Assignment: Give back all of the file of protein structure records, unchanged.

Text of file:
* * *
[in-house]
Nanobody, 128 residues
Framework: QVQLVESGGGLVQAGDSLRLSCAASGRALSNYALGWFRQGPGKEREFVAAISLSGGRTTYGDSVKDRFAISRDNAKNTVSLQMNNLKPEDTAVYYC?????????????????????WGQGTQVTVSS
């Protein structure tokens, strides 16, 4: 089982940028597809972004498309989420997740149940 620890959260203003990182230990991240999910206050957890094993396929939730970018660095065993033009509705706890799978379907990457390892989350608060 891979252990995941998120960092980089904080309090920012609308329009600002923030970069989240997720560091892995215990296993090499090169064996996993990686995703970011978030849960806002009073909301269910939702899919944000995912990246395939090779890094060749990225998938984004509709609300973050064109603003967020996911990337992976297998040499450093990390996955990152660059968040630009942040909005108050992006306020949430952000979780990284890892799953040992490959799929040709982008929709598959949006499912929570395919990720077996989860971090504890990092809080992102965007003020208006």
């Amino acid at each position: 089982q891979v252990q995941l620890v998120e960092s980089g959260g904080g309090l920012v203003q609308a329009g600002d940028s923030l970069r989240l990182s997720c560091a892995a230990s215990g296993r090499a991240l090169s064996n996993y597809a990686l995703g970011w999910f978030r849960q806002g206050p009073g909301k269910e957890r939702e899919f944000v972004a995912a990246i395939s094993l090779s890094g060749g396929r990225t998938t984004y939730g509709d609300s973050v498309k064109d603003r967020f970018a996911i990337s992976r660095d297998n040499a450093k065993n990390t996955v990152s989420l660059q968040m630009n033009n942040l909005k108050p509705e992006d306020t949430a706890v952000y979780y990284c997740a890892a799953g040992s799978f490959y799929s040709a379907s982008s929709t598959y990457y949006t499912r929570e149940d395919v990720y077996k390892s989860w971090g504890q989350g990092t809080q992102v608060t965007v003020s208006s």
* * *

[in-house]
Nanobody, 128 residues
Framework: QVQLVESGGGLVQAGDSLRLSCAASGRALSNYALGWFRQGPGKEREFVAAISLSGGRTTYGDSVKDRFAISRDNAKNTVSLQMNNLKPEDTAVYYC?????????????????????WGQGTQVTVSS
């Protein structure tokens, strides 16, 4: 089982940028597809972004498309989420997740149940 620890959260203003990182230990991240999910206050957890094993396929939730970018660095065993033009509705706890799978379907990457390892989350608060 891979252990995941998120960092980089904080309090920012609308329009600002923030970069989240997720560091892995215990296993090499090169064996996993990686995703970011978030849960806002009073909301269910939702899919944000995912990246395939090779890094060749990225998938984004509709609300973050064109603003967020996911990337992976297998040499450093990390996955990152660059968040630009942040909005108050992006306020949430952000979780990284890892799953040992490959799929040709982008929709598959949006499912929570395919990720077996989860971090504890990092809080992102965007003020208006």
């Amino acid at each position: 089982q891979v252990q995941l620890v998120e960092s980089g959260g904080g309090l920012v203003q609308a329009g600002d940028s923030l970069r989240l990182s997720c560091a892995a230990s215990g296993r090499a991240l090169s064996n996993y597809a990686l995703g970011w999910f978030r849960q806002g206050p009073g909301k269910e957890r939702e899919f944000v972004a995912a990246i395939s094993l090779s890094g060749g396929r990225t998938t984004y939730g509709d609300s973050v498309k064109d603003r967020f970018a996911i990337s992976r660095d297998n040499a450093k065993n990390t996955v990152s989420l660059q968040m630009n033009n942040l909005k108050p509705e992006d306020t949430a706890v952000y979780y990284c997740a890892a799953g040992s799978f490959y799929s040709a379907s982008s929709t598959y990457y949006t499912r929570e149940d395919v990720y077996k390892s989860w971090g504890q989350g990092t809080q992102v608060t965007v003020s208006s």